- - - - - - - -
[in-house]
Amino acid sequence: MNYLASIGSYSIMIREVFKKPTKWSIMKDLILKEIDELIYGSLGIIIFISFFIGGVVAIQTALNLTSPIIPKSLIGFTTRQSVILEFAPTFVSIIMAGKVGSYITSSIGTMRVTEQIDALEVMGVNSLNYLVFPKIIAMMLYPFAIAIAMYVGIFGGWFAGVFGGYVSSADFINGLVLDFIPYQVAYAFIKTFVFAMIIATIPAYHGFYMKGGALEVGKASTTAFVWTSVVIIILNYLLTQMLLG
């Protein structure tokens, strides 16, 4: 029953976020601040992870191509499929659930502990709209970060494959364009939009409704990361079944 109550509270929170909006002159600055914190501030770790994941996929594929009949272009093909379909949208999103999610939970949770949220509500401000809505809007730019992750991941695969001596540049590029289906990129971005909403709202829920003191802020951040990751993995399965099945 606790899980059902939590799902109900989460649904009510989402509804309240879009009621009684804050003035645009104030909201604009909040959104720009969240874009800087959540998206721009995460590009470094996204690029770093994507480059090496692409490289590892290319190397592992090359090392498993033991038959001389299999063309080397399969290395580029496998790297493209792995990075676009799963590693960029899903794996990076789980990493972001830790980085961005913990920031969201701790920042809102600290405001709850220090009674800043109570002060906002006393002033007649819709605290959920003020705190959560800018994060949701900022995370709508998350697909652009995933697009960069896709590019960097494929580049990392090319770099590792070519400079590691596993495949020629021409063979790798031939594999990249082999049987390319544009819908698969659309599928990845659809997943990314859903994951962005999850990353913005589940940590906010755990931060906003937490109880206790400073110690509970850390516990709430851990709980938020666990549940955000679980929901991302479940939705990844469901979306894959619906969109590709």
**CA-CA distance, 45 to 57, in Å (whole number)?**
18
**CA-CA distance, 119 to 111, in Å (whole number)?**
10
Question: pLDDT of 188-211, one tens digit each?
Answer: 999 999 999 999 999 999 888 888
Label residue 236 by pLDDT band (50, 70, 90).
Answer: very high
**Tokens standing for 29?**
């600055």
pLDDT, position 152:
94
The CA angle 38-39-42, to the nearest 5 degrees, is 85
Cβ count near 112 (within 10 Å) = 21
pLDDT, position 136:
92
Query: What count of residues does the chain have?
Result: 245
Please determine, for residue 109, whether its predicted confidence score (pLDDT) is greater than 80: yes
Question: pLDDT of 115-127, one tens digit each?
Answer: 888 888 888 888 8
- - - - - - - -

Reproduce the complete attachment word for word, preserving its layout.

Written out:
[in-house]
Amino acid sequence: MNYLASIGSYSIMIREVFKKPTKWSIMKDLILKEIDELIYGSLGIIIFISFFIGGVVAIQTALNLTSPIIPKSLIGFTTRQSVILEFAPTFVSIIMAGKVGSYITSSIGTMRVTEQIDALEVMGVNSLNYLVFPKIIAMMLYPFAIAIAMYVGIFGGWFAGVFGGYVSSADFINGLVLDFIPYQVAYAFIKTFVFAMIIATIPAYHGFYMKGGALEVGKASTTAFVWTSVVIIILNYLLTQMLLG
């Protein structure tokens, strides 16, 4: 029953976020601040992870191509499929659930502990709209970060494959364009939009409704990361079944 109550509270929170909006002159600055914190501030770790994941996929594929009949272009093909379909949208999103999610939970949770949220509500401000809505809007730019992750991941695969001596540049590029289906990129971005909403709202829920003191802020951040990751993995399965099945 606790899980059902939590799902109900989460649904009510989402509804309240879009009621009684804050003035645009104030909201604009909040959104720009969240874009800087959540998206721009995460590009470094996204690029770093994507480059090496692409490289590892290319190397592992090359090392498993033991038959001389299999063309080397399969290395580029496998790297493209792995990075676009799963590693960029899903794996990076789980990493972001830790980085961005913990920031969201701790920042809102600290405001709850220090009674800043109570002060906002006393002033007649819709605290959920003020705190959560800018994060949701900022995370709508998350697909652009995933697009960069896709590019960097494929580049990392090319770099590792070519400079590691596993495949020629021409063979790798031939594999990249082999049987390319544009819908698969659309599928990845659809997943990314859903994951962005999850990353913005589940940590906010755990931060906003937490109880206790400073110690509970850390516990709430851990709980938020666990549940955000679980929901991302479940939705990844469901979306894959619906969109590709």
**CA-CA distance, 45 to 57, in Å (whole number)?**
18
**CA-CA distance, 119 to 111, in Å (whole number)?**
10
Question: pLDDT of 188-211, one tens digit each?
Answer: 999 999 999 999 999 999 888 888
Label residue 236 by pLDDT band (50, 70, 90).
Answer: very high
**Tokens standing for 29?**
């600055």
pLDDT, position 152:
94
The CA angle 38-39-42, to the nearest 5 degrees, is 85
Cβ count near 112 (within 10 Å) = 21
pLDDT, position 136:
92
Query: What count of residues does the chain have?
Result: 245
Please determine, for residue 109, whether its predicted confidence score (pLDDT) is greater than 80: yes
Question: pLDDT of 115-127, one tens digit each?
Answer: 888 888 888 888 8